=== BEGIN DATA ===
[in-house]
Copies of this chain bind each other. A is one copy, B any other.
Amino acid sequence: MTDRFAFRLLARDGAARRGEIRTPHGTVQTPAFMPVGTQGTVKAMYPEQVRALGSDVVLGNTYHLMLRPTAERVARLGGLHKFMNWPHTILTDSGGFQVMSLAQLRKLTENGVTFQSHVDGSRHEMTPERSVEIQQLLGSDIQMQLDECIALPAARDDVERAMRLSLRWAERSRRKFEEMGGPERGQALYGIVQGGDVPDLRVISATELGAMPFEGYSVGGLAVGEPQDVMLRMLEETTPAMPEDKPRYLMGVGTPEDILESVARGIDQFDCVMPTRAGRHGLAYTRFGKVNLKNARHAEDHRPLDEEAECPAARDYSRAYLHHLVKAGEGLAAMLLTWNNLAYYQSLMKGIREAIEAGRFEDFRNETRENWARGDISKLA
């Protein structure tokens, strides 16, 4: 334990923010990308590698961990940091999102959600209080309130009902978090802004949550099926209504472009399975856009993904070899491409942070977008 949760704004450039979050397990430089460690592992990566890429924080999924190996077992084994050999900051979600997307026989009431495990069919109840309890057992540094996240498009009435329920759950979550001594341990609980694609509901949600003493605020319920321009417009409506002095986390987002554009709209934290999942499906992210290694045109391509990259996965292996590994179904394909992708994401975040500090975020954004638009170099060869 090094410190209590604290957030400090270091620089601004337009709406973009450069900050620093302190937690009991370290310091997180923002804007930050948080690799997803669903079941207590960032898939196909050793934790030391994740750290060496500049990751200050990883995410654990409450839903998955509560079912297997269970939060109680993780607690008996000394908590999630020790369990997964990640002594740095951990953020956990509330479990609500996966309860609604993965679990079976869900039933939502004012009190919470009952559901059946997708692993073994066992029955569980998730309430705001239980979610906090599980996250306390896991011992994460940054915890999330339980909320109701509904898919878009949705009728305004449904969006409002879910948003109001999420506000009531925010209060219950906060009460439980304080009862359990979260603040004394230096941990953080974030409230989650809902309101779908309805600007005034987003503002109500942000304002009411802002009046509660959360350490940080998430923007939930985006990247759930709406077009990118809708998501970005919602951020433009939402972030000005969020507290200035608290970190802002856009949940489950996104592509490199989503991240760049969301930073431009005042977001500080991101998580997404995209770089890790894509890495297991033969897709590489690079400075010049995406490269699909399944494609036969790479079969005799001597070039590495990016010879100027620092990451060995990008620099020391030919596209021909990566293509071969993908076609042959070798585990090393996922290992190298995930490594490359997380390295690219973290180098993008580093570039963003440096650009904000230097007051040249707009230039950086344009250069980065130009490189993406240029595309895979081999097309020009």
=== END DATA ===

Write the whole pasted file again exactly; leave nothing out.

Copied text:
[in-house]
Copies of this chain bind each other. A is one copy, B any other.
Amino acid sequence: MTDRFAFRLLARDGAARRGEIRTPHGTVQTPAFMPVGTQGTVKAMYPEQVRALGSDVVLGNTYHLMLRPTAERVARLGGLHKFMNWPHTILTDSGGFQVMSLAQLRKLTENGVTFQSHVDGSRHEMTPERSVEIQQLLGSDIQMQLDECIALPAARDDVERAMRLSLRWAERSRRKFEEMGGPERGQALYGIVQGGDVPDLRVISATELGAMPFEGYSVGGLAVGEPQDVMLRMLEETTPAMPEDKPRYLMGVGTPEDILESVARGIDQFDCVMPTRAGRHGLAYTRFGKVNLKNARHAEDHRPLDEEAECPAARDYSRAYLHHLVKAGEGLAAMLLTWNNLAYYQSLMKGIREAIEAGRFEDFRNETRENWARGDISKLA
């Protein structure tokens, strides 16, 4: 334990923010990308590698961990940091999102959600209080309130009902978090802004949550099926209504472009399975856009993904070899491409942070977008 949760704004450039979050397990430089460690592992990566890429924080999924190996077992084994050999900051979600997307026989009431495990069919109840309890057992540094996240498009009435329920759950979550001594341990609980694609509901949600003493605020319920321009417009409506002095986390987002554009709209934290999942499906992210290694045109391509990259996965292996590994179904394909992708994401975040500090975020954004638009170099060869 090094410190209590604290957030400090270091620089601004337009709406973009450069900050620093302190937690009991370290310091997180923002804007930050948080690799997803669903079941207590960032898939196909050793934790030391994740750290060496500049990751200050990883995410654990409450839903998955509560079912297997269970939060109680993780607690008996000394908590999630020790369990997964990640002594740095951990953020956990509330479990609500996966309860609604993965679990079976869900039933939502004012009190919470009952559901059946997708692993073994066992029955569980998730309430705001239980979610906090599980996250306390896991011992994460940054915890999330339980909320109701509904898919878009949705009728305004449904969006409002879910948003109001999420506000009531925010209060219950906060009460439980304080009862359990979260603040004394230096941990953080974030409230989650809902309101779908309805600007005034987003503002109500942000304002009411802002009046509660959360350490940080998430923007939930985006990247759930709406077009990118809708998501970005919602951020433009939402972030000005969020507290200035608290970190802002856009949940489950996104592509490199989503991240760049969301930073431009005042977001500080991101998580997404995209770089890790894509890495297991033969897709590489690079400075010049995406490269699909399944494609036969790479079969005799001597070039590495990016010879100027620092990451060995990008620099020391030919596209021909990566293509071969993908076609042959070798585990090393996922290992190298995930490594490359997380390295690219973290180098993008580093570039963003440096650009904000230097007051040249707009230039950086344009250069980065130009490189993406240029595309895979081999097309020009």